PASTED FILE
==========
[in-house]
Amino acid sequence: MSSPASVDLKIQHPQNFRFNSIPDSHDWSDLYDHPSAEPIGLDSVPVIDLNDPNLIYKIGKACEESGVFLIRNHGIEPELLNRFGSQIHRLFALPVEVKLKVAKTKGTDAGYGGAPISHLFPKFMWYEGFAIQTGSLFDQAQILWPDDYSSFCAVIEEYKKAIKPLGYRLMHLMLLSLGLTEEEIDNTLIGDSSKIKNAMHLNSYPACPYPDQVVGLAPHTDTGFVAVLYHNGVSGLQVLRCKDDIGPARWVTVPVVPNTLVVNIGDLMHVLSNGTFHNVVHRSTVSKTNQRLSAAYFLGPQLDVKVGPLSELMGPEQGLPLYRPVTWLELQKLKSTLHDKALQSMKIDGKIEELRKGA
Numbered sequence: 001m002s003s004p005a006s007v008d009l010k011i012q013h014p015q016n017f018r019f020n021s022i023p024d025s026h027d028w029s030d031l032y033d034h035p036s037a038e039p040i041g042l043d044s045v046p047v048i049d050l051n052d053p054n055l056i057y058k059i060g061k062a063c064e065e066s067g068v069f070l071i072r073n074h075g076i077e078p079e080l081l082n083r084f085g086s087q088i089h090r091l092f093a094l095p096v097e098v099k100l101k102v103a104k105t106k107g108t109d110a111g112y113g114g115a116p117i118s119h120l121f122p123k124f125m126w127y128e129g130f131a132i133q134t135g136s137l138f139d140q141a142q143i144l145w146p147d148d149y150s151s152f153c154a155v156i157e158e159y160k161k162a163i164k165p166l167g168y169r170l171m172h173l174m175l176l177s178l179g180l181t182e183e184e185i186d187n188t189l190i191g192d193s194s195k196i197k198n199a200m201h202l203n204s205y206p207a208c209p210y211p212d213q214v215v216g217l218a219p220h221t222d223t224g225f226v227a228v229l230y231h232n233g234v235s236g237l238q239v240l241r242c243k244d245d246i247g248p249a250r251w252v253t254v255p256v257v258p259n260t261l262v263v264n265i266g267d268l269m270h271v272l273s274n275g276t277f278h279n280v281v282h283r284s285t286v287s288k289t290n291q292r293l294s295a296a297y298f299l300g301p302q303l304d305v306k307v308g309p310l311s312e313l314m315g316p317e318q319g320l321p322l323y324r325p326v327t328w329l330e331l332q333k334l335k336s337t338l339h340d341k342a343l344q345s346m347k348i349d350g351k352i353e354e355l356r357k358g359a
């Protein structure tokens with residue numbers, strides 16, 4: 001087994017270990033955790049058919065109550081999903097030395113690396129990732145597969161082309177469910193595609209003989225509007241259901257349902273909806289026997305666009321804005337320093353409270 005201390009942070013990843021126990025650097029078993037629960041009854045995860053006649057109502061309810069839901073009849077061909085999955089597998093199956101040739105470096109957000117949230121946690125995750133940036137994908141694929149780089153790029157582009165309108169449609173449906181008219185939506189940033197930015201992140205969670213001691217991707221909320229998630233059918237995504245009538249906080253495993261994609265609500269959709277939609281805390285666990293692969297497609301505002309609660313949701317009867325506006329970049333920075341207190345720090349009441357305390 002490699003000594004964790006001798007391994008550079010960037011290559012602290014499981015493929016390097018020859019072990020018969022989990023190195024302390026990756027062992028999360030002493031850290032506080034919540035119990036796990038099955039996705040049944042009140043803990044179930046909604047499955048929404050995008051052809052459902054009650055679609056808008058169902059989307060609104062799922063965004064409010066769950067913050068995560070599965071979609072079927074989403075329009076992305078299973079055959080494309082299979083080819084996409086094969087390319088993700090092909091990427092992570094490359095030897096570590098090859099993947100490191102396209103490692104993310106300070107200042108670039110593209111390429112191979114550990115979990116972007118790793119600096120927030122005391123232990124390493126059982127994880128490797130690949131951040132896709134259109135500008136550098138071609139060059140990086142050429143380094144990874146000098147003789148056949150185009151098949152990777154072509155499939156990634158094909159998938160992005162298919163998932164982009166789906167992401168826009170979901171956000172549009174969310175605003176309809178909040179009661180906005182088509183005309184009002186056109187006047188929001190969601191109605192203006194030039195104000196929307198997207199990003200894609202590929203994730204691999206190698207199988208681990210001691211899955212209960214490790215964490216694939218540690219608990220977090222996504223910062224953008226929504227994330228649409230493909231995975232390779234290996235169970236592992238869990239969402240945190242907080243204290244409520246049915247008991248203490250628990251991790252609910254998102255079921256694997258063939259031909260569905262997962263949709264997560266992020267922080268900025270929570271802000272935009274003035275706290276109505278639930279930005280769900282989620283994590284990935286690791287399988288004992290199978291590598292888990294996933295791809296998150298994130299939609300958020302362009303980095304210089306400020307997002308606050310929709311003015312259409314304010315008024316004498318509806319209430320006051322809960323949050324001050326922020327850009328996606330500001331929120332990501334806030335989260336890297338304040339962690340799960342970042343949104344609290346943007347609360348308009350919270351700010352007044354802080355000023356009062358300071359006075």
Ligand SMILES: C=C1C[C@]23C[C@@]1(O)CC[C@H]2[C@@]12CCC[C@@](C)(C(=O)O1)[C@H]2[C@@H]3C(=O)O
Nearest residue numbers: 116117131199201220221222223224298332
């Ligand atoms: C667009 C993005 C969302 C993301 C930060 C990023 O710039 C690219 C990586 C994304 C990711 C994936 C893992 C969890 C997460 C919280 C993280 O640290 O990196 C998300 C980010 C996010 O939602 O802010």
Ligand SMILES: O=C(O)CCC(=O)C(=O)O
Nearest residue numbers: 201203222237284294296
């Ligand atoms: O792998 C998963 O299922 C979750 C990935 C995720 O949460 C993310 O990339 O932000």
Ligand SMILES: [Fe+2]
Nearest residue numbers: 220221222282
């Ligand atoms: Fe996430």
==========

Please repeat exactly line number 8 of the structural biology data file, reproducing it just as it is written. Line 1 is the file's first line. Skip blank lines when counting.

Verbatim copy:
Ligand SMILES: O=C(O)CCC(=O)C(=O)O